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Flickr 16 Flickr Search Tools That Are Fun to Use 16 Flickr Search Tools That Are Fun to Use Read More is 8+ Most Awesome Third-Party Flickr "Interestingness" Apps 8+ Most Awesome Third-Party Flickr "Interestingness" Apps We have featured the Flickr Interestingness section in a few popular articles in the past. It is quite obvious that we (as well as our readers) love the feature because it is unique and really... Read More fun 3 Awesome Tools To Download Flickr Photos & Sets 3 Awesome Tools To Download Flickr Photos & Sets Although many people now use Facebook or Google's Picasa to share and backup photos online, there are still plenty of people who prefer to keep on using Flickr for one reason or another. If you... Read More , and ideally, Flickr on the go should be at least as much fun as it is on the desktop. True, you get to use it on a 4″ screen rather than a 24″ one, but that doesn’t mean the experience necessarily has to suffer. Yahoo has now released the Official Flickr Android app, but while it’s official, it’s far from the first (or most established) player on the field.

Rather than just look at the app itself, I decided to compare it with Flickr Companion Free, another Android Flickr client. Let’s see which one is better.

Flickr

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First things first. When using Flickr for Android I experienced something which has never happened to me before. My brand-new Samsung Galaxy S2 (running CyanogenMod 7) simply froze. I don’t mean a force-close or a slight lag, but a grinding, screeching half. The screen would not even turn off, nor would any of the hardware buttons respond (not even the real “button” – the non-capacitive Home button). I eventually had to pry the back of the device open and shake out the battery. This happened just once, but it should never happen under any circumstances. I’m not necessarily blaming Flickr either, but it did happen when I was using the app (and only then).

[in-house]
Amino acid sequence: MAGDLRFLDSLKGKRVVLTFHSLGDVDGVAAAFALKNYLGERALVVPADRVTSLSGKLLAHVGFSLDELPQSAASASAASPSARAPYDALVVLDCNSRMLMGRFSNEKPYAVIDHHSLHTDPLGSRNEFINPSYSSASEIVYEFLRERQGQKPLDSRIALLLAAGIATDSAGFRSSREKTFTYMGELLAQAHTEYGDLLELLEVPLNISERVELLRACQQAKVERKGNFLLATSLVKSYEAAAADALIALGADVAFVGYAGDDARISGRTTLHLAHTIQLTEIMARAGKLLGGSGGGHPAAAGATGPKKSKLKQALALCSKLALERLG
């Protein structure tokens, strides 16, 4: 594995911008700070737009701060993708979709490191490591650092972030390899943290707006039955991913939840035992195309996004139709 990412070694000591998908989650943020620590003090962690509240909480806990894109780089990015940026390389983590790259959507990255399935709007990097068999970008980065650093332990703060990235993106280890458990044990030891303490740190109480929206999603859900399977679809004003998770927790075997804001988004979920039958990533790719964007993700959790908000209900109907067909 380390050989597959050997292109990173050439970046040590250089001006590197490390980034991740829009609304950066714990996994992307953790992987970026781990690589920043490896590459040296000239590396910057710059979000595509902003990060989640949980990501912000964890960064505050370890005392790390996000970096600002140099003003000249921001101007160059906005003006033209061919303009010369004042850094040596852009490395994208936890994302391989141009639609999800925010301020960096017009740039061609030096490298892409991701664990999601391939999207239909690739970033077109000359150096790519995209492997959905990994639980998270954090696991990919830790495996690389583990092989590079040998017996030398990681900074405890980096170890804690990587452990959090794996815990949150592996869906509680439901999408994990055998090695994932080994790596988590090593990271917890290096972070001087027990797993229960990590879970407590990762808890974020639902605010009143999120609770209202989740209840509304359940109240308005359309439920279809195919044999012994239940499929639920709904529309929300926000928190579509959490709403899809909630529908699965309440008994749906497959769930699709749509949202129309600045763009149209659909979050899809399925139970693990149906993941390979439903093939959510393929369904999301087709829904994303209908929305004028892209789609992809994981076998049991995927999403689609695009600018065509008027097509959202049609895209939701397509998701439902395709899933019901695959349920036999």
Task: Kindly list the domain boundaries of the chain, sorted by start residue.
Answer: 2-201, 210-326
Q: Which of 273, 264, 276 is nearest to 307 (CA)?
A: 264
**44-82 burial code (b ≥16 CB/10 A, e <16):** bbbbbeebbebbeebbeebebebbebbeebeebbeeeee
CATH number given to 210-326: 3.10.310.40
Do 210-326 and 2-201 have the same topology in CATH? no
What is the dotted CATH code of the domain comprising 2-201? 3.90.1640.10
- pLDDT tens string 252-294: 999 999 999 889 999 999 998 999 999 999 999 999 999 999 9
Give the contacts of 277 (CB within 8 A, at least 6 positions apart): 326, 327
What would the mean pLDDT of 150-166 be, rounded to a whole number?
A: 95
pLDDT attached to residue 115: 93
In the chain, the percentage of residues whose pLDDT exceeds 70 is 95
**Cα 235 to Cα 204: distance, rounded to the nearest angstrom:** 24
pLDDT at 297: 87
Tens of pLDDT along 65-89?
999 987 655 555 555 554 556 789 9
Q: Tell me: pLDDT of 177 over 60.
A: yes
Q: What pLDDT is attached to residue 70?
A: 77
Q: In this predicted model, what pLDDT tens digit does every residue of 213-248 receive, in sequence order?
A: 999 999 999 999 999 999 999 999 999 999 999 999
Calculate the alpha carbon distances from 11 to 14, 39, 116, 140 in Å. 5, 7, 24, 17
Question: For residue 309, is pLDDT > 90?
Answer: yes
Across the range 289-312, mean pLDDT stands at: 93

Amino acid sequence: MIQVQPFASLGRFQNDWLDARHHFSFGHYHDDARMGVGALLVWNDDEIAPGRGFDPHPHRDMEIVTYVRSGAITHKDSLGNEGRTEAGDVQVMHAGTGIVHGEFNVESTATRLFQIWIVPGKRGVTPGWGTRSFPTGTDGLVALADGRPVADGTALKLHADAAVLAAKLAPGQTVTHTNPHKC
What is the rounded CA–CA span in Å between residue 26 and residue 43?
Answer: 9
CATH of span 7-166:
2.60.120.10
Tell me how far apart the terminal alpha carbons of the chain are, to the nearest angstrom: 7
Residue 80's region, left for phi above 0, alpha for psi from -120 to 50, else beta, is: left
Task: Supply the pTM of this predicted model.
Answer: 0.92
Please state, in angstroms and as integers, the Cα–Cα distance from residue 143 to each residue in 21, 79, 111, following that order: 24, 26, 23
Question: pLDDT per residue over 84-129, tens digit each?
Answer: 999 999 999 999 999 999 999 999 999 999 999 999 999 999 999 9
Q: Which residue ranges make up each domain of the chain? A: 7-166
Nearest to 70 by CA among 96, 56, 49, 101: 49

Now let’s look at what the app has to offer. The interface is very simple – there are four tabs lined up at the bottom of the screen, one leading to a built-in camera. Above you can see the Activity tab selected, with a bunch of news.

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The built-in camera opens with an iPhone-like shutter effect, something which I’m not a big fan of. The camera is not much to write home about, offering these simple options:

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The second button on the left lets you pick an existing image from your gallery, which you can apply effects to:

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A couple of niggles here. The effects are named after cities, which is nice, but are very non-descriptive. You may remember you like “Paris”, but it would be nice to have some sort of a description as to what exactly that effect does.